Wednesday, February 10, 2010

Kicking Ass and Taking on... Names

I'm fairly fond of the title for this post. The runner-up was Saltheart Foamfollower and Me, though, and I'm still not sure I chose right. Anyway, onwards.

Both of my evening plans fell through - one due to budget cuts, the other due to some kind of theatrical weirdness on my friend Alan's part - so I'm sitting at school and grading exit slips. My school has a wireless connection. Blogger isn't blocked by the school's firewall. It's off to the races with the Burning Zeppelin Experience, because I'm really not a very good teacher yet and grading exit slips without the occasional distraction is just depressing.

What's that, you say? Why don't I just go home and blog from there? That, my friend, would require a great deal more efficiency than this zeppelin burner has to his name (as I'm sure you've noticed), so a post from school is what you get today.

The question is, what am I going to write about?

I'm going to write about names.

A few years ago, I read The Chronicles of Thomas Covenant by Stephen R. Donaldson. For the first book and a half of the series, I had no idea that these books were going to become one of the most intensely formative reads of my writing life. For me, there's a lot to love in this deeply controversial series, but what I want to focus on is that last sentence: "I had no idea..."

At first, the books turned me off. The biggest thing wasn't that the main character [REMOVED TO PREVENT SPOILERS] or even when he [ALSO REMOVED TO PREVENT SPOILERS]. Actually, what rubbed me the wrong way were the names. In the first book, the main character, Thomas Covenant, is transported to the Land, a strange fantasy world that contains such eccentric characters as...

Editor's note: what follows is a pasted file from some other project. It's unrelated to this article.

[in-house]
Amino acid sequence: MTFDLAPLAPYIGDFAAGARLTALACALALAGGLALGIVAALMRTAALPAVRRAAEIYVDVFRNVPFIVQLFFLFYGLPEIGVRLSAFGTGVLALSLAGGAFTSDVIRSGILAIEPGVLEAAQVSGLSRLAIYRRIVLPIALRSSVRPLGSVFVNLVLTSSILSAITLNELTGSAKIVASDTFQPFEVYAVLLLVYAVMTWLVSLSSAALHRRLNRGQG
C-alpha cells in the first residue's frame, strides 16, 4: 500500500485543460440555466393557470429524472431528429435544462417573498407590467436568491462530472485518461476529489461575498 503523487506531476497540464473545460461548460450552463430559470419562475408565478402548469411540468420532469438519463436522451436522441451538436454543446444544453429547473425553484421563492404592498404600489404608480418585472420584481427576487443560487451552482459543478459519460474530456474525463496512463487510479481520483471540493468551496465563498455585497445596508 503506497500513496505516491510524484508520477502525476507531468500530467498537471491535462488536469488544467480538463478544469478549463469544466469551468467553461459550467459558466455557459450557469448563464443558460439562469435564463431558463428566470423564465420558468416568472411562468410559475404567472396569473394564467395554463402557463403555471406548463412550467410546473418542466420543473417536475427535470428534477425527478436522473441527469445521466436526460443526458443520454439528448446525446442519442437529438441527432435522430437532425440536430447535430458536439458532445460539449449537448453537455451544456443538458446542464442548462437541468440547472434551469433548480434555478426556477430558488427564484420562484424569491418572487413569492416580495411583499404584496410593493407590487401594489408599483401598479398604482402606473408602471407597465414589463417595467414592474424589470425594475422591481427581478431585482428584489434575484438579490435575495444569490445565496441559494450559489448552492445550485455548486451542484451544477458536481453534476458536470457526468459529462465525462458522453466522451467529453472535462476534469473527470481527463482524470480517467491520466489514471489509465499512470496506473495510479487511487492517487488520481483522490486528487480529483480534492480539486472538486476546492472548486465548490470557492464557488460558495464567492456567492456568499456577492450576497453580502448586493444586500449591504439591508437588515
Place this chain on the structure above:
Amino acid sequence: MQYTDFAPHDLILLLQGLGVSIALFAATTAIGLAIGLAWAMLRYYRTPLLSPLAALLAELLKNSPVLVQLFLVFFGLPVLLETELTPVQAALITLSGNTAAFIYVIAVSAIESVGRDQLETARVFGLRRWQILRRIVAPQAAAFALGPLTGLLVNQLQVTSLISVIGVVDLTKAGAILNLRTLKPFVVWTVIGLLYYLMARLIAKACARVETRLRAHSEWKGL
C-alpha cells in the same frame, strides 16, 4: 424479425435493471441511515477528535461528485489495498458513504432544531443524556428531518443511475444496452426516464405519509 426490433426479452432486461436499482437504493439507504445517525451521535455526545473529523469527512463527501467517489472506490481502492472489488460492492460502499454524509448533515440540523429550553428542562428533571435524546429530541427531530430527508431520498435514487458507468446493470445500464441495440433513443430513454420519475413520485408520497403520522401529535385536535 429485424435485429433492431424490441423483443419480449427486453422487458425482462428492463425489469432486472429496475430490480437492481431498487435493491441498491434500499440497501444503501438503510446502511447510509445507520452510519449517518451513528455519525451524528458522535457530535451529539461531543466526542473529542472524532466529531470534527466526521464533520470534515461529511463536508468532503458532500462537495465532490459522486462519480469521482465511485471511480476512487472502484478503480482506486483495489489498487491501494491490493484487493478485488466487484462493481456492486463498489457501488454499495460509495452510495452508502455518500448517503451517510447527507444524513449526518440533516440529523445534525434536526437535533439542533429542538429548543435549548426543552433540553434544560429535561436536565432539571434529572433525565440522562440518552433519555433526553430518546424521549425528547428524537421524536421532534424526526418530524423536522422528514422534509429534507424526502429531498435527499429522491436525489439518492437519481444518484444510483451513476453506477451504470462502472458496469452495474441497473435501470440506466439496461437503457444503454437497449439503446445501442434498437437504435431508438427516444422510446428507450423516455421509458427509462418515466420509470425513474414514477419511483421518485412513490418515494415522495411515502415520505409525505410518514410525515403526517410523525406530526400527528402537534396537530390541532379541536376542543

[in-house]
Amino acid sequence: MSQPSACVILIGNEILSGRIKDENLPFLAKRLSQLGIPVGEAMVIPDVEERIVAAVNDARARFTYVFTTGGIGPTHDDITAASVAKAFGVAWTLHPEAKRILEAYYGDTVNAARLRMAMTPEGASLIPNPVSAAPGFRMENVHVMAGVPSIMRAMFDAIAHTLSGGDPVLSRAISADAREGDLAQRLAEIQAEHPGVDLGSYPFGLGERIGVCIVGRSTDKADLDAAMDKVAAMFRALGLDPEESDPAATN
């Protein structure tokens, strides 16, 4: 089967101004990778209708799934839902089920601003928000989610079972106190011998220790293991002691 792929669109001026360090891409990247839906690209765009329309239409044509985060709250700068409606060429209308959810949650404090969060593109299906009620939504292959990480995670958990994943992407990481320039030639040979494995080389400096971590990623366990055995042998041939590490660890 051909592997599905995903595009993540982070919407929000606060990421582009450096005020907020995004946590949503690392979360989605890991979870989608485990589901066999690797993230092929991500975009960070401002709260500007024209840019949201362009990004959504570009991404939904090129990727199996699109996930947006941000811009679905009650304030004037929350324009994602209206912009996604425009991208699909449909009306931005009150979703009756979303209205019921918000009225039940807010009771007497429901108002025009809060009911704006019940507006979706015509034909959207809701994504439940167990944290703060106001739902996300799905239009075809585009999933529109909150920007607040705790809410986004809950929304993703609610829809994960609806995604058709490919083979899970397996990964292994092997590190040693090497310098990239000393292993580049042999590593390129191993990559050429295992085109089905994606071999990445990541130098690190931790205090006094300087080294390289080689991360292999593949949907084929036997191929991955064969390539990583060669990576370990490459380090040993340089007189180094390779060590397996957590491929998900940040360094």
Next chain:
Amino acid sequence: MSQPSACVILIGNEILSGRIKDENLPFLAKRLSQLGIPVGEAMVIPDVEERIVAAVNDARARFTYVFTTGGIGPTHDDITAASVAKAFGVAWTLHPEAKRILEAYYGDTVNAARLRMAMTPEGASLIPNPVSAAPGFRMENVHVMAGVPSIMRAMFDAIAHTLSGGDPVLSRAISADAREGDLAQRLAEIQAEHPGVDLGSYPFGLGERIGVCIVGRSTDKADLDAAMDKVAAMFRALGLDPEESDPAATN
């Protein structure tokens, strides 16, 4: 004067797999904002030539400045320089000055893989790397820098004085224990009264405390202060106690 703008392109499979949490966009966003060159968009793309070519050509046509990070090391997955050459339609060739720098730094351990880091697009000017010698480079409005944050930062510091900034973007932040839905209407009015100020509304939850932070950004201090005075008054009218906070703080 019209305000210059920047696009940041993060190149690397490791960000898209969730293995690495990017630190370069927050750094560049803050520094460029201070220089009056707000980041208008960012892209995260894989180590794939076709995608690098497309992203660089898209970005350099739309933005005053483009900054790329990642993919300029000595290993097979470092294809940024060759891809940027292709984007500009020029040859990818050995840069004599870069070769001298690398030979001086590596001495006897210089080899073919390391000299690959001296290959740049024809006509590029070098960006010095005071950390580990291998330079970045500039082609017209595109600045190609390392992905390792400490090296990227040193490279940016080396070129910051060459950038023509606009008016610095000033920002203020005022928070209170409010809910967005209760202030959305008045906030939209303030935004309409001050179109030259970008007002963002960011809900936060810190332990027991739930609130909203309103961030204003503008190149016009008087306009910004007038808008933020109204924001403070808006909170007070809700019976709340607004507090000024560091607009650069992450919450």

Drool Rockworm.

Saltheart Foamfollower.

Lord Foul.

That last one is the series' main villain, also called by such subtle sobriquets as "Fangthane the Render." I'm going to pull that last one out for you: Fangthane the Render. Fang. Thane. the Render. Tribal lord of nasty sharp teeth, the tearer into little bits. That's not the least of it, of course. There are creatures called Viles, monsters called Ravers, and weirdos called the Elohim.

I think you can see why I was unimpressed. These names are frankly... well... goobery. They scream "this is an uncomplicated black and white fantasy about manly men (or possibly manly women), big swords, and bigger explosions."

My reaction here sums up the first reason names are important: names create expectations, and expectations guide experience. If you give your characters goobery fantasy names, your reader is going to react to them as though they are goobery fantasy characters. The same goes for pulpy space opera and serious literary fiction. Of course, some names create stronger expectations than others. If you call a character Ralph in a novel set in New York in 1987, people still don't know what to expect. The story could go any number of ways: is it a mystery, a dark urban fantasy, or a romance? No one knows! If he's Ralph the Barbarian and he hails from Bigswordia, now, everyone knows you're going for a fantasy pastiche.

But before you get too sold on the idea of giving every character the name she clearly deserves, let me tell you the rest of the story of Saltheart Foamfollower and me.

The Chronicles of Thomas Covenant are the opposite of goobery. They are a dark, serious, and philosophical series of novels about love, death, evil, and innocence. As I read, I came to realize that the names weren't goobery or ill-chosen, they were selected with extreme care. You see, one of the points of The Chronicles of Thomas Covenant is innocence. The Land is innocent. Thomas Covenant was innocent, and to him - and more importantly, to us and to me - its names, societies, and conventions seem ridiculous. As I came to realize what a beautiful place the Land was, I started to feel bad that I couldn't just revel in the beautiful innocence of those ridiculous names... and then I understood how Thomas Covenant felt. I felt what Thomas Covenant felt, and that was brilliant.

So, as is true of most great truths of writing, the inverse is also true. Sometimes you need to give something the least likely name you can imagine... and reap the benefits.

For example, right now I'd give myself the ironic name "Productivitor." I'd better get back to grading and leave you all to contemplate my brilliance. See you later, Lord Ralph.

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